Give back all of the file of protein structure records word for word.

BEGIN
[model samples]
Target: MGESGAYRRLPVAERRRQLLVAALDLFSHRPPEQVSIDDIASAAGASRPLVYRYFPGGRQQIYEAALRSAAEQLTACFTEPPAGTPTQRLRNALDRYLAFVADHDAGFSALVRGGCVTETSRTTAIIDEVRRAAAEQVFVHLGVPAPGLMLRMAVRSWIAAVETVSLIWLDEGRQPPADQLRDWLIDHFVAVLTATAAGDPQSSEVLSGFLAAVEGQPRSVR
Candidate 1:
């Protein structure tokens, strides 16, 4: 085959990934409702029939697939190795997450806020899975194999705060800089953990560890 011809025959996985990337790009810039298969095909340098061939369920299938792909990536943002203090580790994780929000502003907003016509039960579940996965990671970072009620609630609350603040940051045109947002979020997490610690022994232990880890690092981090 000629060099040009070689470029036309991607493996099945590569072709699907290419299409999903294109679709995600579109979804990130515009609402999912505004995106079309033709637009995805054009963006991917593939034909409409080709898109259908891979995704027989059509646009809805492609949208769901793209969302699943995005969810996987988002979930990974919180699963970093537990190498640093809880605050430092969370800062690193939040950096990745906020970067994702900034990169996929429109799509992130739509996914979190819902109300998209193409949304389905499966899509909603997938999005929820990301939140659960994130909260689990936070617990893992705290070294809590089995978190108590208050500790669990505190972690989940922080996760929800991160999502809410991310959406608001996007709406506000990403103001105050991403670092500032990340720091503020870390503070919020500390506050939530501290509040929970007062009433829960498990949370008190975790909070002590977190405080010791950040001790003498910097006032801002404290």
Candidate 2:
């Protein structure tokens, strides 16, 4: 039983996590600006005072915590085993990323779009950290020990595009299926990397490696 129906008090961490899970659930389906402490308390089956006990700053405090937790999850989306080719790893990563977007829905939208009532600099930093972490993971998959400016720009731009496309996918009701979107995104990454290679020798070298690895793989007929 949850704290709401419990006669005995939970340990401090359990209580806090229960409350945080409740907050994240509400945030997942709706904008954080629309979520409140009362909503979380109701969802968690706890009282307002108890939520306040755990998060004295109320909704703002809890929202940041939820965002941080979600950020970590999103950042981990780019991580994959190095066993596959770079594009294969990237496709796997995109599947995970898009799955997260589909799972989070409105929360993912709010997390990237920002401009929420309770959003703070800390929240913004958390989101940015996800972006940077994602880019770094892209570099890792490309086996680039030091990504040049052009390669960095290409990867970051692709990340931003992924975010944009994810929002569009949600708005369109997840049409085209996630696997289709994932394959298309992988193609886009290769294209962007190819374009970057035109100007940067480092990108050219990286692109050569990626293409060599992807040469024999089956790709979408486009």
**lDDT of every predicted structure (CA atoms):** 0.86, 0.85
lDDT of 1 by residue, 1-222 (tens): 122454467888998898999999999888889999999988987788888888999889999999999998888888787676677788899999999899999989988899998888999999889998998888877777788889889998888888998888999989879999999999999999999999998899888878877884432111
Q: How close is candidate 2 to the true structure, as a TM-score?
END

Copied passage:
[model samples]
Target: MGESGAYRRLPVAERRRQLLVAALDLFSHRPPEQVSIDDIASAAGASRPLVYRYFPGGRQQIYEAALRSAAEQLTACFTEPPAGTPTQRLRNALDRYLAFVADHDAGFSALVRGGCVTETSRTTAIIDEVRRAAAEQVFVHLGVPAPGLMLRMAVRSWIAAVETVSLIWLDEGRQPPADQLRDWLIDHFVAVLTATAAGDPQSSEVLSGFLAAVEGQPRSVR
Candidate 1:
């Protein structure tokens, strides 16, 4: 085959990934409702029939697939190795997450806020899975194999705060800089953990560890 011809025959996985990337790009810039298969095909340098061939369920299938792909990536943002203090580790994780929000502003907003016509039960579940996965990671970072009620609630609350603040940051045109947002979020997490610690022994232990880890690092981090 000629060099040009070689470029036309991607493996099945590569072709699907290419299409999903294109679709995600579109979804990130515009609402999912505004995106079309033709637009995805054009963006991917593939034909409409080709898109259908891979995704027989059509646009809805492609949208769901793209969302699943995005969810996987988002979930990974919180699963970093537990190498640093809880605050430092969370800062690193939040950096990745906020970067994702900034990169996929429109799509992130739509996914979190819902109300998209193409949304389905499966899509909603997938999005929820990301939140659960994130909260689990936070617990893992705290070294809590089995978190108590208050500790669990505190972690989940922080996760929800991160999502809410991310959406608001996007709406506000990403103001105050991403670092500032990340720091503020870390503070919020500390506050939530501290509040929970007062009433829960498990949370008190975790909070002590977190405080010791950040001790003498910097006032801002404290």
Candidate 2:
């Protein structure tokens, strides 16, 4: 039983996590600006005072915590085993990323779009950290020990595009299926990397490696 129906008090961490899970659930389906402490308390089956006990700053405090937790999850989306080719790893990563977007829905939208009532600099930093972490993971998959400016720009731009496309996918009701979107995104990454290679020798070298690895793989007929 949850704290709401419990006669005995939970340990401090359990209580806090229960409350945080409740907050994240509400945030997942709706904008954080629309979520409140009362909503979380109701969802968690706890009282307002108890939520306040755990998060004295109320909704703002809890929202940041939820965002941080979600950020970590999103950042981990780019991580994959190095066993596959770079594009294969990237496709796997995109599947995970898009799955997260589909799972989070409105929360993912709010997390990237920002401009929420309770959003703070800390929240913004958390989101940015996800972006940077994602880019770094892209570099890792490309086996680039030091990504040049052009390669960095290409990867970051692709990340931003992924975010944009994810929002569009949600708005369109997840049409085209996630696997289709994932394959298309992988193609886009290769294209962007190819374009970057035109100007940067480092990108050219990286692109050569990626293409060599992807040469024999089956790709979408486009």
**lDDT of every predicted structure (CA atoms):** 0.86, 0.85
lDDT of 1 by residue, 1-222 (tens): 122454467888998898999999999888889999999988987788888888999889999999999998888888787676677788899999999899999989988899998888999999889998998888877777788889889998888888998888999989879999999999999999999999998899888878877884432111
Q: How close is candidate 2 to the true structure, as a TM-score?